Sometimes, you can find a car that allows you to both get in on a growing trend, while still getting decent performance for fair money. You might be wondering what a stock 1979 Corolla with the simple addition of JDM-tite-yo mirrors is doing here, but hang on for more details on that. While the Corolla’s current reputation is cemented as an emotionless, reliable-as-death-and-taxes car that will bore anyone who’ll sit in it into working on clearing out their email inbox, brushing their teeth and sipping a latte while driving it, nostalgia means we can look at the few older examples that remain and appreciate them for what they are. But before that, let’s look back at period reviews, in which they were actually criticized by Road & Track for being too large, heavy, overpriced, too small inside, and for consuming too much fuel. The rear suspension also came under fire for being crude. With that convincing sales pitch, you’ll definitely want to check out this 1979 Toyota Corolla for sale for $3000 in Austin, TX.
Finished in what looks to be the epitome of Corolla colors – gold metallic – there doesn’t appear to be anything outwardly special about this car. Stock thirteen inchers have been sprayed in matte black, which, in connection with the giant safety bumpers, don’t really help the looks. You’ll want to keep a broom handle in the car to adjust the mirrors while you’re actually sitting in the driver’s seat, or bribe a friend with some beer and pizza to come over and adjust the mirrors in 17 easy steps of “just a little to the left… now right… now diagonally down to the right” and so on. Just a fun afternoon with your car and a friend, right? The aftermarket chin spoiler is a neat touch, and will look better once you find yourself a set of rest-of-the-world small bumpers.
That said, the rear bumper has obviously done a good job protecting the body at some point, so while it’s slightly out of kilter, everything else looks straight. Unfortunately, the lighting on this picture is not great, and there are no shots of the passenger side, so it’s hard to assess overall condition. Austin’s humid, hot summers are not easy on interiors or exteriors, though the winters are not so harsh, so plan for issues with the plastic and vinyl parts as well as the metal.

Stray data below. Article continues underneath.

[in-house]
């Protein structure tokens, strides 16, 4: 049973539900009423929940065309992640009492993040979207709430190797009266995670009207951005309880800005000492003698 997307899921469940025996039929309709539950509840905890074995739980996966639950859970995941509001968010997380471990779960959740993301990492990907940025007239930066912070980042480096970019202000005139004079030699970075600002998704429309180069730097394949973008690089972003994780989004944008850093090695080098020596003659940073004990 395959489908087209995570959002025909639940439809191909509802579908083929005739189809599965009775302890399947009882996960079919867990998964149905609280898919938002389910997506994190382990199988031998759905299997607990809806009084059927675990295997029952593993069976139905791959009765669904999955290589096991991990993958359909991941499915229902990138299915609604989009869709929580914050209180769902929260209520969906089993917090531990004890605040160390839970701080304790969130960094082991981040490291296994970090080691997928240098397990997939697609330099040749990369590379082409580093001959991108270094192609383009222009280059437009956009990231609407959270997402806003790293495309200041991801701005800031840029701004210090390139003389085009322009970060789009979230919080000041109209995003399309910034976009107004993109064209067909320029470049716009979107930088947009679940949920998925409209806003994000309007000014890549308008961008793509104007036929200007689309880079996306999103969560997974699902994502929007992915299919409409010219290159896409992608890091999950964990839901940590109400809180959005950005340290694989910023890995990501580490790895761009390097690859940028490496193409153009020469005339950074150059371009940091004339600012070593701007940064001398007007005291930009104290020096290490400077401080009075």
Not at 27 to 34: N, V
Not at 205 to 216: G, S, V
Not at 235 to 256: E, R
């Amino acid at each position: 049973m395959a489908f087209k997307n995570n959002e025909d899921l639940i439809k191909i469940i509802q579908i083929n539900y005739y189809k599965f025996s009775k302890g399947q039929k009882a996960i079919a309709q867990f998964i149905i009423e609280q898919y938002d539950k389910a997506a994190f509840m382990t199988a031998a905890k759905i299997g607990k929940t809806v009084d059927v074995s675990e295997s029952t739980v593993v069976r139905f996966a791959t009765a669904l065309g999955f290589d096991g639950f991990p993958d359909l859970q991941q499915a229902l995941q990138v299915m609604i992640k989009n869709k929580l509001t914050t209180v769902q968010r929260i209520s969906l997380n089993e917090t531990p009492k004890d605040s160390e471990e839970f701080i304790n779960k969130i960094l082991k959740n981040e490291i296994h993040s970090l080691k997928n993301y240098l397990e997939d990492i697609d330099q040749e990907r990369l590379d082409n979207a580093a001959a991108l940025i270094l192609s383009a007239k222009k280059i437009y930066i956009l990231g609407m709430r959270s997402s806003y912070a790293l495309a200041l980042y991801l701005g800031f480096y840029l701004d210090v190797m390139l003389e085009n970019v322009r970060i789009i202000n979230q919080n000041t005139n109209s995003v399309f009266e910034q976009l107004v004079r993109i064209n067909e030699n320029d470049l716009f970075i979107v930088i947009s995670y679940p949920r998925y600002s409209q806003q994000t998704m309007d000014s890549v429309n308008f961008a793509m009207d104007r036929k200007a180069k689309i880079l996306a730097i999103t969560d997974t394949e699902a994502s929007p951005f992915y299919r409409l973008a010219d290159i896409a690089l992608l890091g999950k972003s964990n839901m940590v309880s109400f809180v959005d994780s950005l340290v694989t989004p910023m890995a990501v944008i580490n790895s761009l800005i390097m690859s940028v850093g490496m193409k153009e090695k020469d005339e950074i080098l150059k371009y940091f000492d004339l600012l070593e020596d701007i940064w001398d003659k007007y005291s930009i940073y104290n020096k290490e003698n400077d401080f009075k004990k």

And here’s where you’ll stop thinking this car’s just another bland box that outlived its expiration date – the 2T-C engine is the larger option available with 75hp against the 3K-C’s 55hp, and though it was probably emissions-choked at some point, it’s now wearing a set of shiny new exhaust headers as well as dual Weber carburetors, which should get you closer to 100hp. In addition, the car is said to have a new battery, exhaust, front coil-over shocks, and new rear lowering blocks (yet it’s not slammed to the ground, if the photos are current). Finally, the 5-speed transmission has been rebuilt.
The seller also offers – rather vaguely – to include these wheels for the right price, though perhaps you’d want something a little narrower that will allow a bit more sliding around at the expense of fashion. The car’s also said to have been well-maintained, and to run and brake perfectly. With the power upgrades in place, perhaps you’ll want to give some more time and attention to the brake and suspension upgrades the seller has already started. If you’re looking for a car that will get you access to vintage rallies and the Japanese classic car scene, this looks like the perfect entry to both those hobbies.
Editorial note: This being a one-man show, there may be occasional outages due to things like travel and sick days, or even playing with old cars. To be automatically notified when the next post shows up, subscribe using the button on the side of this page. Your email address won’t be used for any commercial purpose. Thanks for reading!